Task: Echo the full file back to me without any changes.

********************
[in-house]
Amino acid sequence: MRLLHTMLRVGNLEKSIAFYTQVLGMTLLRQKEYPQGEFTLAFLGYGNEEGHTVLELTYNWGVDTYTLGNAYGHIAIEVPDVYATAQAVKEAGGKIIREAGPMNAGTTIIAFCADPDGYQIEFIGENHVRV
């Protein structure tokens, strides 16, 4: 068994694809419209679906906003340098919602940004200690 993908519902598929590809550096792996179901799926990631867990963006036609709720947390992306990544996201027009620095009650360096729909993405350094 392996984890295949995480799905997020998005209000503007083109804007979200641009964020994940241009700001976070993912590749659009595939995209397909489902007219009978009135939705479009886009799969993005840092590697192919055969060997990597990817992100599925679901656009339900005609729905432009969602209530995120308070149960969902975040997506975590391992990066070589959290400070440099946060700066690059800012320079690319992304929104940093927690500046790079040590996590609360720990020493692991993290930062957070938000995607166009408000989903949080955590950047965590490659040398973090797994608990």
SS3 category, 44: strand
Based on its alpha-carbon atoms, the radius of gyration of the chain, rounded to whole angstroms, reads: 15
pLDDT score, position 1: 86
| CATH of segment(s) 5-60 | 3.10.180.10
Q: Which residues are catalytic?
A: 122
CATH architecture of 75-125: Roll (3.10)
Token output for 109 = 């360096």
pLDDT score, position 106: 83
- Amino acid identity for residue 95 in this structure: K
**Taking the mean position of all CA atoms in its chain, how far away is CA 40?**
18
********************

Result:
[in-house]
Amino acid sequence: MRLLHTMLRVGNLEKSIAFYTQVLGMTLLRQKEYPQGEFTLAFLGYGNEEGHTVLELTYNWGVDTYTLGNAYGHIAIEVPDVYATAQAVKEAGGKIIREAGPMNAGTTIIAFCADPDGYQIEFIGENHVRV
């Protein structure tokens, strides 16, 4: 068994694809419209679906906003340098919602940004200690 993908519902598929590809550096792996179901799926990631867990963006036609709720947390992306990544996201027009620095009650360096729909993405350094 392996984890295949995480799905997020998005209000503007083109804007979200641009964020994940241009700001976070993912590749659009595939995209397909489902007219009978009135939705479009886009799969993005840092590697192919055969060997990597990817992100599925679901656009339900005609729905432009969602209530995120308070149960969902975040997506975590391992990066070589959290400070440099946060700066690059800012320079690319992304929104940093927690500046790079040590996590609360720990020493692991993290930062957070938000995607166009408000989903949080955590950047965590490659040398973090797994608990």
SS3 category, 44: strand
Based on its alpha-carbon atoms, the radius of gyration of the chain, rounded to whole angstroms, reads: 15
pLDDT score, position 1: 86
| CATH of segment(s) 5-60 | 3.10.180.10
Q: Which residues are catalytic?
A: 122
CATH architecture of 75-125: Roll (3.10)
Token output for 109 = 């360096």
pLDDT score, position 106: 83
- Amino acid identity for residue 95 in this structure: K
**Taking the mean position of all CA atoms in its chain, how far away is CA 40?**
18